THE dumping of diesel sludge in Louth is costing each local taxpayer a fortune with the local authority now spending an average of €20,000 euro a week cleaning up the mess left by criminals.
That’s the equivalent of 200 household charge payments. By the end of the year the bill will be over €1 million euro.
As well as costing the taxpayer a fortune it is also posing a huge risk to local business and jobs.
Fine Gael Senator Jim D’Arcy has raised the matter in the Oireachtas.
He said fuel laundering and smuggling is not a “victimless crime”.
“A good deal of revenue is being lost and people’s jobs are at risk,” Senator D’Arcy said. “Some legitimate dealers have had to close down because of this activity.”
Mr David Blevings of the Irish Petrol Retailers Association (IPRA) said that as well as higher prices, a major problem facing the legitimate trade right across the country is the serious increase in the number of stations now allegedly offering laundered fuel.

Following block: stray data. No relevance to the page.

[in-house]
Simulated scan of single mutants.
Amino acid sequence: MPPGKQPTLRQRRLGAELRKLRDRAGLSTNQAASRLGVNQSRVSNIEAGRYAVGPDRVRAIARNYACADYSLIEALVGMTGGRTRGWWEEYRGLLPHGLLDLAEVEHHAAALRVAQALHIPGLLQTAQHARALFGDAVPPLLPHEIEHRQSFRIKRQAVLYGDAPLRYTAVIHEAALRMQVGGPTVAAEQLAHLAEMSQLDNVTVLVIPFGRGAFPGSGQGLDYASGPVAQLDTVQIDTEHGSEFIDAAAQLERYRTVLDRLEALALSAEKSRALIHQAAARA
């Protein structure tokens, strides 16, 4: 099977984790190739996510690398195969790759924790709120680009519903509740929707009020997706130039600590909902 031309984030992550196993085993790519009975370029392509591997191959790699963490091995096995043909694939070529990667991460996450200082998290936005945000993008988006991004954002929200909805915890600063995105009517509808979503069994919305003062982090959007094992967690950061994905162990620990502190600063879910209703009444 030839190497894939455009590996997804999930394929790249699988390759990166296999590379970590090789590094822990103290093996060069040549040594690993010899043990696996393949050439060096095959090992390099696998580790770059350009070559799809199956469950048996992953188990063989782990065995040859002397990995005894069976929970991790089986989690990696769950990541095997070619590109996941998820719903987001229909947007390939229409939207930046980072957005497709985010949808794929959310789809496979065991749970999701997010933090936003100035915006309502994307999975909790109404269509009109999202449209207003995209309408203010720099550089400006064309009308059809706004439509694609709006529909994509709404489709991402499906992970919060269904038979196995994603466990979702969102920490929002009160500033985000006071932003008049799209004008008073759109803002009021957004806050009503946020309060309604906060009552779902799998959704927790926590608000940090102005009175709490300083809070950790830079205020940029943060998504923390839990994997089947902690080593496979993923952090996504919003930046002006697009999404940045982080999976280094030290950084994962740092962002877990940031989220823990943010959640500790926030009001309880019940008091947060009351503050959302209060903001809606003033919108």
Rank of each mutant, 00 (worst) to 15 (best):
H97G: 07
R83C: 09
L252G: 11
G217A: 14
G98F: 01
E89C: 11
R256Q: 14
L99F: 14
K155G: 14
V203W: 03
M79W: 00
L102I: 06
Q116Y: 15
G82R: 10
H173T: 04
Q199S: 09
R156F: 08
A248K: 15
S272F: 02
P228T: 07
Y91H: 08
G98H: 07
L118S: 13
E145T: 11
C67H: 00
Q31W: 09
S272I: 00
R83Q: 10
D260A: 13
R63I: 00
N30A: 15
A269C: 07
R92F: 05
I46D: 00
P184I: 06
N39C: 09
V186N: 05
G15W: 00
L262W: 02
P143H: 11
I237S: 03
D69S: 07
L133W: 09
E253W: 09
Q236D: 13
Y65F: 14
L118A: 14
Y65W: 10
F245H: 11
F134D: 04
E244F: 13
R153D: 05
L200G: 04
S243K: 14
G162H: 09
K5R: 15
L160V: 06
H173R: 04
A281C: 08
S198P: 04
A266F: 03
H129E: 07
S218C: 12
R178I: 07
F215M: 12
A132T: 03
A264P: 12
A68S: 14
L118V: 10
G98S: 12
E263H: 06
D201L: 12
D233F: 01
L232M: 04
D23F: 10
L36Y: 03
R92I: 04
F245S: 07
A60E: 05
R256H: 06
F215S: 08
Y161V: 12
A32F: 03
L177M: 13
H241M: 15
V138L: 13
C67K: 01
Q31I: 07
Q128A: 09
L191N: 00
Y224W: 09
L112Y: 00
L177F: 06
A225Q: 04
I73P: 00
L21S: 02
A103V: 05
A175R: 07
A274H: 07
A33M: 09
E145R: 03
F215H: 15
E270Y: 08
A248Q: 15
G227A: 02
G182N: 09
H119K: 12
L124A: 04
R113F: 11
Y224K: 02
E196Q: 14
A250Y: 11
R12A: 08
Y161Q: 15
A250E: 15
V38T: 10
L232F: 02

“This is usually gasoil for agricultural use which has had the dye removed and is passed off as genuine diesel,” Mr Blevings said.
The Minister of State for Small Business John Perry has said stated that the Revenue are acutely aware of the threat posed by the illegal activity and tax evasion in Louth.
A cross-border fuel fraud group has been set up to tackle the problem. It brings together An Garda Síochána and the PSNI, as well as the UK and Irish Revenue authorities.
But Louth County Councillor Tomas Sharkey said the public wants to have confidence in the authorities. “I welcome the multi-agency approach,” Cllr Sharkey said, “but we have yet to get an updated report on what is being done.”
FULL REPORTS: Pages 20 and 21.
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